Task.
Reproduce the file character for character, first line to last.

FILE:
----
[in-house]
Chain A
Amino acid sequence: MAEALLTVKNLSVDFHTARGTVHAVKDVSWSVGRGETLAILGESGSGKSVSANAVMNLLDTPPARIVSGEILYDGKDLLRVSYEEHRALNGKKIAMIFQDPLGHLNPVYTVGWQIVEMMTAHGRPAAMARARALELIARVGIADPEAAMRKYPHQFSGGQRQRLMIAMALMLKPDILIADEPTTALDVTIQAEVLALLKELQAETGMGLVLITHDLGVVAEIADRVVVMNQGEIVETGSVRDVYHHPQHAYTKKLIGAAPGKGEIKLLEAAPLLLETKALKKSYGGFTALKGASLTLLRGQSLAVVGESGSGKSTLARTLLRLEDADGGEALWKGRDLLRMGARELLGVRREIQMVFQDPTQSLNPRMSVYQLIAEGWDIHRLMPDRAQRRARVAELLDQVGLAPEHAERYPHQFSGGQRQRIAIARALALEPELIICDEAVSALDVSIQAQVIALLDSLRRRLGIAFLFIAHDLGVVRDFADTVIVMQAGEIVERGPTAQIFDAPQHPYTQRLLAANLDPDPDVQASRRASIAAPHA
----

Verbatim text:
[in-house]
Chain A
Amino acid sequence: MAEALLTVKNLSVDFHTARGTVHAVKDVSWSVGRGETLAILGESGSGKSVSANAVMNLLDTPPARIVSGEILYDGKDLLRVSYEEHRALNGKKIAMIFQDPLGHLNPVYTVGWQIVEMMTAHGRPAAMARARALELIARVGIADPEAAMRKYPHQFSGGQRQRLMIAMALMLKPDILIADEPTTALDVTIQAEVLALLKELQAETGMGLVLITHDLGVVAEIADRVVVMNQGEIVETGSVRDVYHHPQHAYTKKLIGAAPGKGEIKLLEAAPLLLETKALKKSYGGFTALKGASLTLLRGQSLAVVGESGSGKSTLARTLLRLEDADGGEALWKGRDLLRMGARELLGVRREIQMVFQDPTQSLNPRMSVYQLIAEGWDIHRLMPDRAQRRARVAELLDQVGLAPEHAERYPHQFSGGQRQRIAIARALALEPELIICDEAVSALDVSIQAQVIALLDSLRRRLGIAFLFIAHDLGVVRDFADTVIVMQAGEIVERGPTAQIFDAPQHPYTQRLLAANLDPDPDVQASRRASIAAPHA